Represent complex numbers and their operations on the complex plane.
MGSE9-12.N.CN.4 Represent complex numbers on the complex plane in rectangular and polar form (including real and imaginary numbers), and explain why the rectangular and polar forms of a given complex number represent the same number.
MGSE9-12.N.VM.1 Recognize vector quantities as having both magnitude and direction. Represent vector quantities by directed line segments, and use appropriate symbols for vectors and their magnitudes (e.g., v, |v|, ||v||, v).
MGSE9-12.N.VM.4c Understand vector subtraction v – w as v + (–w), where –w is the additive inverse of w, with the same magnitude as w and pointing in the opposite direction. Represent vector subtraction graphically by connecting the tips in the appropriate order, and perform vector subtraction component-wise.
MGSE9-12.N.VM.5b Compute the magnitude of a scalar multiple cv using ||cv|| = |c|v. Compute the direction of cv knowing that when |c|v ≠ 0, the direction of cv is either along v (for c > 0) or against v (for c < 0).
MGSE9-12.N.VM.9 Understand that, unlike multiplication of numbers, matrix multiplication for square matrices is not a commutative operation, but still satisfies the associative and distributive properties.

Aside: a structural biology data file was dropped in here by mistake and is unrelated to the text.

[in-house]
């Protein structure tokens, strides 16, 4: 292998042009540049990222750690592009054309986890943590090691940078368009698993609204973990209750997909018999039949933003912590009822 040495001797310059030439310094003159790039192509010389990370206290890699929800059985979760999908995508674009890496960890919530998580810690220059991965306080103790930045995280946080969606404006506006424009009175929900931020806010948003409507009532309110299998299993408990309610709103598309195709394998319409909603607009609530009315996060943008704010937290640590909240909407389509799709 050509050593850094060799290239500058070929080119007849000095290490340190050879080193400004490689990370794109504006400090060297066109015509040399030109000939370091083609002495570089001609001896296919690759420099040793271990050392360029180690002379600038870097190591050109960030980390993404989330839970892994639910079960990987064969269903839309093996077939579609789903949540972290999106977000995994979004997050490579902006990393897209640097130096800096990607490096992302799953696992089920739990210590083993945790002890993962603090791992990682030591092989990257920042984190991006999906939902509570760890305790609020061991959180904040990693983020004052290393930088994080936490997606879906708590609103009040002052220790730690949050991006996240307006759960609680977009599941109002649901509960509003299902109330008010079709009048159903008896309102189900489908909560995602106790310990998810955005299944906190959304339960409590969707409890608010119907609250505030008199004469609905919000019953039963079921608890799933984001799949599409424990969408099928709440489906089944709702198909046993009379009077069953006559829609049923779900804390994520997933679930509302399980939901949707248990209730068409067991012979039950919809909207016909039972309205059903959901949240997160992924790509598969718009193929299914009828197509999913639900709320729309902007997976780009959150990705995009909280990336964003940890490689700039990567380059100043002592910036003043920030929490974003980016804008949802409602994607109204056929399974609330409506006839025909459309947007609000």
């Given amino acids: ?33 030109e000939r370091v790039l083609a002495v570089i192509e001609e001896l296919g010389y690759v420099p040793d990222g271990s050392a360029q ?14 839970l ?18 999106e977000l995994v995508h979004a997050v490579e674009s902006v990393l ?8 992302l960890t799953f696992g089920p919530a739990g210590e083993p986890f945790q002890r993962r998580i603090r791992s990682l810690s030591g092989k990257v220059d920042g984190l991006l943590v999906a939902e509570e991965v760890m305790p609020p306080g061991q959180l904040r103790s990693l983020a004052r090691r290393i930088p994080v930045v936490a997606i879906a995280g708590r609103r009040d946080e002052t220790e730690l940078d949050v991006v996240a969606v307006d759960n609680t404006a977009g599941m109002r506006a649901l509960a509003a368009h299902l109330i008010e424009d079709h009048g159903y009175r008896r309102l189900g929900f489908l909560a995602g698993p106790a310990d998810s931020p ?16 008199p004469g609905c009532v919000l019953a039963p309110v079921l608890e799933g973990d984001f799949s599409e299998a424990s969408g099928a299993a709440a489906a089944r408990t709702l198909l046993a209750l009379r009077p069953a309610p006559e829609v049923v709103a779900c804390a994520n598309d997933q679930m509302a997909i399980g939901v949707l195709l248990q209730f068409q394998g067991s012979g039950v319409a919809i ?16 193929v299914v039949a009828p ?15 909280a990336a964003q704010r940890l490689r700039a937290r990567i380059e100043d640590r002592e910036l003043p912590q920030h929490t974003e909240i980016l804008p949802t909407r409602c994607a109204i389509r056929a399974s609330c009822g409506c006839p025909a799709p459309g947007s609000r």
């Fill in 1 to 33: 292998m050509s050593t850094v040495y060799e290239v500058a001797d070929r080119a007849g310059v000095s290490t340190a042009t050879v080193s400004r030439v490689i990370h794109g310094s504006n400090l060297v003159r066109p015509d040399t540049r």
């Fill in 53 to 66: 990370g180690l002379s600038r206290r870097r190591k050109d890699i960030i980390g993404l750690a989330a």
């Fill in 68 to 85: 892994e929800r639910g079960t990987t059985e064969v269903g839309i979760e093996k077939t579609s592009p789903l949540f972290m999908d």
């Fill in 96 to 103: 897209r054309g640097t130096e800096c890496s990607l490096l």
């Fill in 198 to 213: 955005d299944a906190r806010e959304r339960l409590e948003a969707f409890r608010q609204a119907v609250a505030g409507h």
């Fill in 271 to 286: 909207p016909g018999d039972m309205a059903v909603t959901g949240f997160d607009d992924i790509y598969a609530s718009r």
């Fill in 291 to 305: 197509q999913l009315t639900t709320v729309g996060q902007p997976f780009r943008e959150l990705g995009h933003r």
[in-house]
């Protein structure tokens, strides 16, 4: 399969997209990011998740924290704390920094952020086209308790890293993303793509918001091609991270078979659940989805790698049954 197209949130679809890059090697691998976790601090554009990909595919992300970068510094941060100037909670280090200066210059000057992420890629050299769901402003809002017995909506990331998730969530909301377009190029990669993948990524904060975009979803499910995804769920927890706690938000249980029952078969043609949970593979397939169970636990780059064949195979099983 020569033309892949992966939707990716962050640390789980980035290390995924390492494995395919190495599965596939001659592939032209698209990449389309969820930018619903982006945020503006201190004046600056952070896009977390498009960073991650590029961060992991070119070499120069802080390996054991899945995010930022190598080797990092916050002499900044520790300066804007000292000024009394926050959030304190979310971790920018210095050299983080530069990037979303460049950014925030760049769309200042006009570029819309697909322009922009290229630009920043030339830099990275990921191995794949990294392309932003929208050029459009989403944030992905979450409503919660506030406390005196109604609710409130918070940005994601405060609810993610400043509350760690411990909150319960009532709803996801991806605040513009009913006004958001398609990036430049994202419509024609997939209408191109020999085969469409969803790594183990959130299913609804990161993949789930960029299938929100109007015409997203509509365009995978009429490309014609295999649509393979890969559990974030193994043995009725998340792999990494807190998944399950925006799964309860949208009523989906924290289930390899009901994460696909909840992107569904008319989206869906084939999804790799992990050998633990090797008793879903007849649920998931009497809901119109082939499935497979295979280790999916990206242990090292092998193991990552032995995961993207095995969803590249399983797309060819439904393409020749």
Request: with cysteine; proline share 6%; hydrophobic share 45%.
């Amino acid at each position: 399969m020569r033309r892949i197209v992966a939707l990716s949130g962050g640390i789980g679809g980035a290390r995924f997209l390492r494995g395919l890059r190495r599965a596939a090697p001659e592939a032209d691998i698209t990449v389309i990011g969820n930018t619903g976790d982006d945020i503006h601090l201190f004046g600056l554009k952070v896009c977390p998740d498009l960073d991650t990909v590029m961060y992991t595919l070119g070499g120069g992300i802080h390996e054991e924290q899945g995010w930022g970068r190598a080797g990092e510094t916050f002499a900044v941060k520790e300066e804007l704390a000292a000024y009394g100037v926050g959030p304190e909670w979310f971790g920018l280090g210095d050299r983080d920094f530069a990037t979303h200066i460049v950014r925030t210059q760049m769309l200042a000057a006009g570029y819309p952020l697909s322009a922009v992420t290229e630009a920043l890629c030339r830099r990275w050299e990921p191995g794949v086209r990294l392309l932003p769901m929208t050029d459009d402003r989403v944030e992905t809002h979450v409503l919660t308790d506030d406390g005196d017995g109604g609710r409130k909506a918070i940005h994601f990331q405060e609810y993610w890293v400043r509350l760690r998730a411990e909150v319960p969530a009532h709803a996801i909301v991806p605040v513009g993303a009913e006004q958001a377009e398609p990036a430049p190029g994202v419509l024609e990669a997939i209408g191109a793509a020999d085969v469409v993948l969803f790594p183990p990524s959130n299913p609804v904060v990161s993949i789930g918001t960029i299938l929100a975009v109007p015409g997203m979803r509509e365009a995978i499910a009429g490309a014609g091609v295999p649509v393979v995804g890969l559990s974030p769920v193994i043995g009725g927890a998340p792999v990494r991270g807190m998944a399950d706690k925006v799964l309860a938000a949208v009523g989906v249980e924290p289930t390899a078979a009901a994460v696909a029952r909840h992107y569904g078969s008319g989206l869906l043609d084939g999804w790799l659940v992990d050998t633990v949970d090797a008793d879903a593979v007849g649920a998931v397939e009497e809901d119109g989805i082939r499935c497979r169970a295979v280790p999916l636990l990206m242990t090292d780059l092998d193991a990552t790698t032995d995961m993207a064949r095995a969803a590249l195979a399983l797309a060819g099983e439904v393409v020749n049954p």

MGSE9-12.N.VM.10 Understand that the zero and identity matrices play a role in matrix addition and multiplication similar to the role of 0 and 1 in the real numbers. The determinant of a square matrix is nonzero if and only if the matrix has a multiplicative inverse.
Interpret functions that arise in applications in terms of the context
MGSE9-12.F.IF.4 Using tables, graphs, and verbal descriptions, interpret the key characteristics of a function which models the relationship between two quantities. Sketch a graph showing key features including: intercepts; interval where the function is increasing, decreasing, positive, or negative; relative maximums and minimums; symmetries; end behavior; and periodicity.
MGSE9-12.F.TF.2 Explain how the unit circle in the coordinate plane enables the extension of trigonometric functions to all real numbers, interpreted as radian measures of angles traversed counterclockwise around the unit circle.
MGSE9-12.F.TF.3 Use special triangles to determine geometrically the values of sine, cosine, tangent for π/3, π/4 and π/6, and use the unit circle to express the values of sine, cosine, and tangent for π–x, π+x, and 2π–x in terms of their values for x, where x is any real number.
Calculate expected values and use them to solve problems
MGSE9-12.S.MD.1 Define a random variable for a quantity of interest by assigning a numerical value to each event in a sample space; graph the corresponding probability distribution using the same graphical displays as for data distributions.